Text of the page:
Gadget Infinity V2 Wireless Flash Trigger
If you look at my B&H Photo wish list you will find a nice set of Pocket Wizards, but at $295 per unit, these little beauties are simply not in the budget for a while. Over at photonotes.org we saw a writeup on the Cactus PT-04 wireless flash trigger and decided we needed to give them a try and see if they were worth picking up. At $29, they fell into the “if it sucks, you throw it away” price point so we couldn’t help trying them out.
The base kit comes with a transmitter, receiver, PC Sync cord, and a battery for the receiver. To get started, you need to pop the back off the receiver, remove the plastic wrap from the battery and install the battery into the receiver. The transmitter can be fired via a camera’s hot shoe, via PC Sync from the camera, or from the test button on the top of the transmitter.
To turn on the receiver, simply slide the on/off switch to the On position. If you think you may have conflicts or if you want to have receivers for seperate setups you can set receivers on one of four channels set with dip switches inside the receiver. To set the channel of the transmitter, there are dip switches on the bottom side of the unit. The receiver can fire a flash connected to the hot shoe on the top or via PC Sync cord. This does make this an extremely versatile system for the price. As you can see, the receiver is quite small and contains an adjustable bracket that will attach to a standard tripod mount.
For even more versatility you can purchase tripod mounts with attached mounting brackets for using studio umbrellas. I ordered a few of these units for about $8 on eBay. As mentioned earlier, the base kit costs $29 and additional receivers cost around $14. Before purchasing, we recommend contacting Gadget Infinity with your camera and flash information to check for compatibility.
Ok, enough background, do these things actually work? We tested the receiver with a Quantaray QB6500 flash and an Olympus FL-50 flash with the transmitter on an Olympus Evolt E-500 DSLR. I am not going to pull any punches here, the system is not 100% reliable. If you need absolute certainty that every press of the shutter is going to fireoff the flash, then this system is not for you. If you are doing still life or portraits and 95% reliability is good enough, then you may be quite happy with the Cactus system. Your actual results may vary somewhat and the actual percentage of good shots is probably going to be higher than 95% in day to day use, just don’t expect 100% and you will be quite happy.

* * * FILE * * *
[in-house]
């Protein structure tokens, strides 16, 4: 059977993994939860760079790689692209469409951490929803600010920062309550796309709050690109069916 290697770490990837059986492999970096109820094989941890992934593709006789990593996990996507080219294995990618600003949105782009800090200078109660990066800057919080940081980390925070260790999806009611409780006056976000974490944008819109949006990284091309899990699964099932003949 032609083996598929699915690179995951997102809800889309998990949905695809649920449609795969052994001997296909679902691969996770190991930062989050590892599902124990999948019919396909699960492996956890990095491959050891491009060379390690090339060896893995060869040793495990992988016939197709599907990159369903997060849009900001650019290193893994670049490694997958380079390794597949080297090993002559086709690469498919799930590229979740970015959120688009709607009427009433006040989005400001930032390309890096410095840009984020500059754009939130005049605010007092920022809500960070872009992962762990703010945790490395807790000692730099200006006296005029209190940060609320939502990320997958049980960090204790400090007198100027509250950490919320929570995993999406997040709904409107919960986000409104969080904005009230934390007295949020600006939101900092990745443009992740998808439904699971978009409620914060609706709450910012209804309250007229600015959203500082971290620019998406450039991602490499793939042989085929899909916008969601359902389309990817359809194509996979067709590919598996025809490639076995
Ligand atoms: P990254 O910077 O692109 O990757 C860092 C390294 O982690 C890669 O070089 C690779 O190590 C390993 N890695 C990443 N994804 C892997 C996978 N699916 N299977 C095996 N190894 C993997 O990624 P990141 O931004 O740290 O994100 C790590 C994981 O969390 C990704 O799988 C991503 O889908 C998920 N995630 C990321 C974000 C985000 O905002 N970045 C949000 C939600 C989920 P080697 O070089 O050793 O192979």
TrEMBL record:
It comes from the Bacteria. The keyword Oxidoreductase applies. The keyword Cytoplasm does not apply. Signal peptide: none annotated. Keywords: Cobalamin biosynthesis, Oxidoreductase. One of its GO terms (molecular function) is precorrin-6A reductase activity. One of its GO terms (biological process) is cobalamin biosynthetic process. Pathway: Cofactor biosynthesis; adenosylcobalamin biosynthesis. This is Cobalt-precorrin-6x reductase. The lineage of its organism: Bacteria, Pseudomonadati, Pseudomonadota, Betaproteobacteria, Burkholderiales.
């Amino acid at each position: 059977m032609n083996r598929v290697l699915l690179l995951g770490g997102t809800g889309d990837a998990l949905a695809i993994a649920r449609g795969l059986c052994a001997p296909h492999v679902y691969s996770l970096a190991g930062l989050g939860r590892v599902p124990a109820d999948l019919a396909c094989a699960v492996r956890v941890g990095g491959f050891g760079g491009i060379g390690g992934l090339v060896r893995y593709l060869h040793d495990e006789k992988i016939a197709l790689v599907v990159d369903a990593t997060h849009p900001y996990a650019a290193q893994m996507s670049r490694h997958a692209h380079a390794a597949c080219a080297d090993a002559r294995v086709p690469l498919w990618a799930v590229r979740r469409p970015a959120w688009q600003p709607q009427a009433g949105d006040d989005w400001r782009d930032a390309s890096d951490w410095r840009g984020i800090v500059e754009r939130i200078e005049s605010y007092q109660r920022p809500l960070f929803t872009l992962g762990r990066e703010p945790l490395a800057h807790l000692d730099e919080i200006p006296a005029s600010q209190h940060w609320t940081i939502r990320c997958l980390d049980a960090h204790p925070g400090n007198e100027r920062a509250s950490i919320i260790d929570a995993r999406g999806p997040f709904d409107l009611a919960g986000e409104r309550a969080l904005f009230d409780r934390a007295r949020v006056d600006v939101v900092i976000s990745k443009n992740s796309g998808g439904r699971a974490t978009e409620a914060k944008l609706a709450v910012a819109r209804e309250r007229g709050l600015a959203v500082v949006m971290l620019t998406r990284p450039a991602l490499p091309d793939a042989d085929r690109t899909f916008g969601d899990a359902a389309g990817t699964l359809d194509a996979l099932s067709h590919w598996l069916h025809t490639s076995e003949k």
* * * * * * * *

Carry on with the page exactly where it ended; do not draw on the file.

For begining photographers who have bought a decent TTL flash already, like the FL-50 for the Olympus, you will need to learn how to use the manual mode on the flash. While a matched flash system for a camera can automatically adjust its output based on the camera settings, this function will not be available when using the wireless system since the camera cannot communicate to the flash system, therefor you will need to put the flash into manual mode and adjust the output as necessary. This can be a negative for some users, but with a little practice, it shouldn’t be too big of a problem.
The adjustable mounting bracket on the receiver is really the weak link in the whole system. With a heavy flash unit, it is next to impossible to put the receiver at different angles without it losing its grib and sending the receiver and flash tipping over. However, we did find that if the bracket and receiver were tightened down as much as possible in a vertical position, this was not an issue when the receiver was attached to the top of a basic tripod. You could adjust the angles with the tripod head adjustment without any problems. If this becomes and issue, I will probably use some epoxy or JB Weld to affix the mounting bracket in a permanent upright position and just use the tripod adjustments as needed.
Update: After using the V2 system for a short while now, one thing we have found is that the flash heads need to have a good charge on them or the system won’t fire. Once the flash batteries get drained (noticable by longer and longer refresh times) the reliability starts to go down. This can happen even if the ready light on the flash will actually turn on. It appears that once the battery voltage hits a certain spot, there isn’t enough left to actually fire the flash. Simple solution, use good batteries and replace as needed. Problem solved.
For the casual user, the ability to get your flash on-camera in a very inexpensive way can make a dramatic difference in your photographs and for this price, how can you afford not to pick up a set?
Website: Gadget Infinity